After a recent bankruptcy scare, the Oregon Ballet Theatre sold its longtime practice space in inner Southeast Portland last October to apartment developers to pay off old debts. Meanwhile, Polaris Dance Theater and Conduit Dance have both been evicted from their longtime homes, an old story of artists being forced to leave the neighborhoods they once helped make attractive.
After being forced to leave its space on ever-posher North Mississippi Avenue, Northwest Dance Project had been left squatting at Portland State University while the company put together its new creative center in industrial-district Kerns, which will encompass classes, company rehearsals and shared studio space. The new center at Northeast 10th Avenue and Davis Street is one of the largest dance studios in the city.
But NWDP director Scott Lewis and artistic director Sarah Slipper say the search was arduous. They toured dozens of buildings, in a lengthy hunt that took more than a year of scouting locations, followed by months to negotiate a lease.
âIt isnât just, âOh, letâs find a building and put a floor down and start dancing,ââ Lewis says.
Portland's other celebrated industries offer some of the stiffest competition for space. What the company was searching for—and what both Conduit and Polaris also need in their new spaces—was a building with "clear span." In other words, ceilings without pillars and an accessible location. But that means dance companies have to fight off incoming breweries, distilleries, tech firms and marijuana growers, who are all looking for the same open warehouse space so coveted by studios.
"It's hard right now because Portland is so hot," says Slipper. Aside from the incoming breweries, Portland's population is expected to hit the 3 million mark by 2035, according to Metro—an influx of up to 725,000 people in the next 20 years.
"It'll be challenging," says Tere Mathern, artistic director of Conduit, of what she expects in the dance community's immediate future. "I think it's a challenge to keep the arts truly alive in a city that's going to be expanding in density. There needs to be really clear pathways for arts organizations to still be in the city. It doesn't have to be all business, all retail, without the arts involved."
Conduit became the latest Portland dance company forced to relocate when its rental agreement suddenly fell through last month. The dance troupe had shared a location with Nia Technique, a fitness company, at Southwest 9th Avenue and Yamhill Street for the past five years. Conduit announced March 13 it had been given five days to get out of its fourth-floor ballroom space.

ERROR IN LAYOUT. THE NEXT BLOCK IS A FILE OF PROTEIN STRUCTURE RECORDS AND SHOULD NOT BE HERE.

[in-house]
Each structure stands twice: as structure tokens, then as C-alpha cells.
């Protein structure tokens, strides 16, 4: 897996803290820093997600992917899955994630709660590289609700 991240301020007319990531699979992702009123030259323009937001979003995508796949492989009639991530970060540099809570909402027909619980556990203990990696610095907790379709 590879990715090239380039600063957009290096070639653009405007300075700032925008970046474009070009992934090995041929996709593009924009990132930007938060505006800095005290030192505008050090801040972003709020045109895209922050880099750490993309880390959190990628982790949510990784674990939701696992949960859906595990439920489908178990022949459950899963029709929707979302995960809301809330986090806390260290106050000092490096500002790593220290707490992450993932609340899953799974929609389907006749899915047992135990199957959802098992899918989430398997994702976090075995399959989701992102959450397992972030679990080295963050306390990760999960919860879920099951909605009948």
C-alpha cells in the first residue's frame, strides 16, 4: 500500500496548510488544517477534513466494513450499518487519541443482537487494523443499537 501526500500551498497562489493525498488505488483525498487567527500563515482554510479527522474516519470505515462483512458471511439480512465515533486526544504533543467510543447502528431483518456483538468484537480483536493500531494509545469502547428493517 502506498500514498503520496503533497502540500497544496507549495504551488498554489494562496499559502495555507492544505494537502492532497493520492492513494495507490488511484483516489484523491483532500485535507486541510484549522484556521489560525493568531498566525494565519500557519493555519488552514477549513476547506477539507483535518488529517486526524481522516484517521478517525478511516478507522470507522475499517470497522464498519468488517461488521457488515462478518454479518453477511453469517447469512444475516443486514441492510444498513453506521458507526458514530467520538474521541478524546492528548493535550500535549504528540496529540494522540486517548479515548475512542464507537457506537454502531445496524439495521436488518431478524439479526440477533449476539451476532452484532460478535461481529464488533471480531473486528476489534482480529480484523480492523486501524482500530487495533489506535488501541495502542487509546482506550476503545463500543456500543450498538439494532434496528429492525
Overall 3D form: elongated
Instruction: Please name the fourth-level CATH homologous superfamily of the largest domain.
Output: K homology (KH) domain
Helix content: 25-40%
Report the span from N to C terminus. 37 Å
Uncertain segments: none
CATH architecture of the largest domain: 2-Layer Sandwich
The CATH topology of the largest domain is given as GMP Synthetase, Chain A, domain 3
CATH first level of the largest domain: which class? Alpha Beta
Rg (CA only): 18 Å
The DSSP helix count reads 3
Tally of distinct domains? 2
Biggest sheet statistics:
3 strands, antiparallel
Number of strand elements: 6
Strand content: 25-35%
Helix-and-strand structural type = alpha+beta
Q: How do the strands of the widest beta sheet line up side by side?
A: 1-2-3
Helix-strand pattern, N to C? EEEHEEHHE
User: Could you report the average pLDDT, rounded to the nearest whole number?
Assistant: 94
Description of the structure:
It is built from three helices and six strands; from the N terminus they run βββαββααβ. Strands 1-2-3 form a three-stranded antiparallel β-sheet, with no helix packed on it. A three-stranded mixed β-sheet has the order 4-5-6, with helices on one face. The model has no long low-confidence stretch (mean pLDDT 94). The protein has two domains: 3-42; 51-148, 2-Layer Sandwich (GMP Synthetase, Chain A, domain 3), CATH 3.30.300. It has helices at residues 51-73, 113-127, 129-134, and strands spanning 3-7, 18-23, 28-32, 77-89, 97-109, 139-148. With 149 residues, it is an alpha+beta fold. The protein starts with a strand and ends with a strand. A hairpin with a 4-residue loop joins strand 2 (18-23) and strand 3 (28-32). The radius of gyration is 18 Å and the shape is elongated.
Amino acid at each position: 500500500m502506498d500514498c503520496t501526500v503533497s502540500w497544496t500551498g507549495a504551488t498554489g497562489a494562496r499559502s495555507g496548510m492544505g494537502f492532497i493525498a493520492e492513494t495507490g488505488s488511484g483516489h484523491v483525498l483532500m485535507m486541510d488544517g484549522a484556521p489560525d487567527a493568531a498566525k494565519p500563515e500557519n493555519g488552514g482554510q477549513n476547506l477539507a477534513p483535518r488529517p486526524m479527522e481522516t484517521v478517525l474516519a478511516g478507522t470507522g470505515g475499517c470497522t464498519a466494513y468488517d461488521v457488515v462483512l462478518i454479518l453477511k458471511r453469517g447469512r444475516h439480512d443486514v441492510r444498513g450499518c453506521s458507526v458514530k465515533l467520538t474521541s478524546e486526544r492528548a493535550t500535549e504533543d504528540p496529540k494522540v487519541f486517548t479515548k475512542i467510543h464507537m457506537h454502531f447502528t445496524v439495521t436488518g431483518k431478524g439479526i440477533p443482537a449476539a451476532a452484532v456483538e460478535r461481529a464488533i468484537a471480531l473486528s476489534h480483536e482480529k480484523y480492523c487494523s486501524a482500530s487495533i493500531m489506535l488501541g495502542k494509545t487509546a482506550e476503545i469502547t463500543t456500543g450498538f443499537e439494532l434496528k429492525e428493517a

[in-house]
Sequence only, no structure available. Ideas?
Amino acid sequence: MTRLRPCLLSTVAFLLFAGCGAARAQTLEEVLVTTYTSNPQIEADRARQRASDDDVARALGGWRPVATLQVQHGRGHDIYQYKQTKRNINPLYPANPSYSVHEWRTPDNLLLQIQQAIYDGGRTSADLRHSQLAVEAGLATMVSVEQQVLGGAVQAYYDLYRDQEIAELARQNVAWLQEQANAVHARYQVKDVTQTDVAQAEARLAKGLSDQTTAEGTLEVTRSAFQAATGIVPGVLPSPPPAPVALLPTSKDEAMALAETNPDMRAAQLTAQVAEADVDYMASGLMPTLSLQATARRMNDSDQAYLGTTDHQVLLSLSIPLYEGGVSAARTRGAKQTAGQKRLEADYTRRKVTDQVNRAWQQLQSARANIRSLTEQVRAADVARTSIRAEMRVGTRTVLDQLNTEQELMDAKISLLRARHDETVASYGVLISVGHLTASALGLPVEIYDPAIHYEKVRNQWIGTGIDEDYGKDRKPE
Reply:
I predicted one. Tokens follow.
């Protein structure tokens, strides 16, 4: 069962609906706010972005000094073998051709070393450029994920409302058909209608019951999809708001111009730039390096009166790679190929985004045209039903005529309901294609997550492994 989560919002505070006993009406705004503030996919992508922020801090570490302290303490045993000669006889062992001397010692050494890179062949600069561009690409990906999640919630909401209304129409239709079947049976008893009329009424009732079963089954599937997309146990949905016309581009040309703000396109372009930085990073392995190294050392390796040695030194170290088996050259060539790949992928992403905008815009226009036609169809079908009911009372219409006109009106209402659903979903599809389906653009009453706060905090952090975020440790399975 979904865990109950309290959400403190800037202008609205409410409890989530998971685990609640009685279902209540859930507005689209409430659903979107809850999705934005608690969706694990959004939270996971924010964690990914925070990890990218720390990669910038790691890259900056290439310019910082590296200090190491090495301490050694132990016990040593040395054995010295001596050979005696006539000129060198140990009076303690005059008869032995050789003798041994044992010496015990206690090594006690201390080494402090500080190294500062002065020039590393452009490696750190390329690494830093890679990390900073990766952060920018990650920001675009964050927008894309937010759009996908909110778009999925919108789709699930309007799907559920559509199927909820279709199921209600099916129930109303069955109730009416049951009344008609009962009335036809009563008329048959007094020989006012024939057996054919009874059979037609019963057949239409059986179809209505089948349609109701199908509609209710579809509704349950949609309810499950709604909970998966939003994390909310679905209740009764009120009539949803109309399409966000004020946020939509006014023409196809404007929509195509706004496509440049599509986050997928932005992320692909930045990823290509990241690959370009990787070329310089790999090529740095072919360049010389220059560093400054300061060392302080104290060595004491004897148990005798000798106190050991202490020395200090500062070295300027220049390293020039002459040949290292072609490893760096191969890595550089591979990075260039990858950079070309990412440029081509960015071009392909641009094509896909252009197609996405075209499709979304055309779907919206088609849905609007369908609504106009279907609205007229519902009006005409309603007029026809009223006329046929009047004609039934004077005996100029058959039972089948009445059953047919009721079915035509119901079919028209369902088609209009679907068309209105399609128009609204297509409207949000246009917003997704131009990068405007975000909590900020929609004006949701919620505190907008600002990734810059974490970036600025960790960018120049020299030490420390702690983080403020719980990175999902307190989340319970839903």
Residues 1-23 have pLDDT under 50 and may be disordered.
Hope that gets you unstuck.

"This is hard, but we're not going away," says Mathern of the fast turnaround for the organization. "There's sort of a message of hope and an ongoing pursuit, as opposed to low morale." Since leaving its space March 18, Conduit has moved into extra office space provided by Polaris Dance Theatre, packed most of its equipment into storage, and arranged for classes and performances to continue through September at other locations. Already, the organization is discussing an agreement for a temporary, shared space in close-in Southeast Portland while it seeks a more permanent location. But Mathern expects the search for a long-term home to take years.
Details are still under wraps for the tentative new locations of OBT, Conduit and Polaris, since they are still in negotiations. But looking forward, several dance companies' artistic directors agree they want long-term leases, like the 10-year agreement NWDP signed for its new space after being given a 45-day notice to leave its former location on Mississippi.
"We've lived with that precarious existence for a long time, and then the hammer fell, and it's just exhausting," Lewis says. "You're always looking over your shoulder.â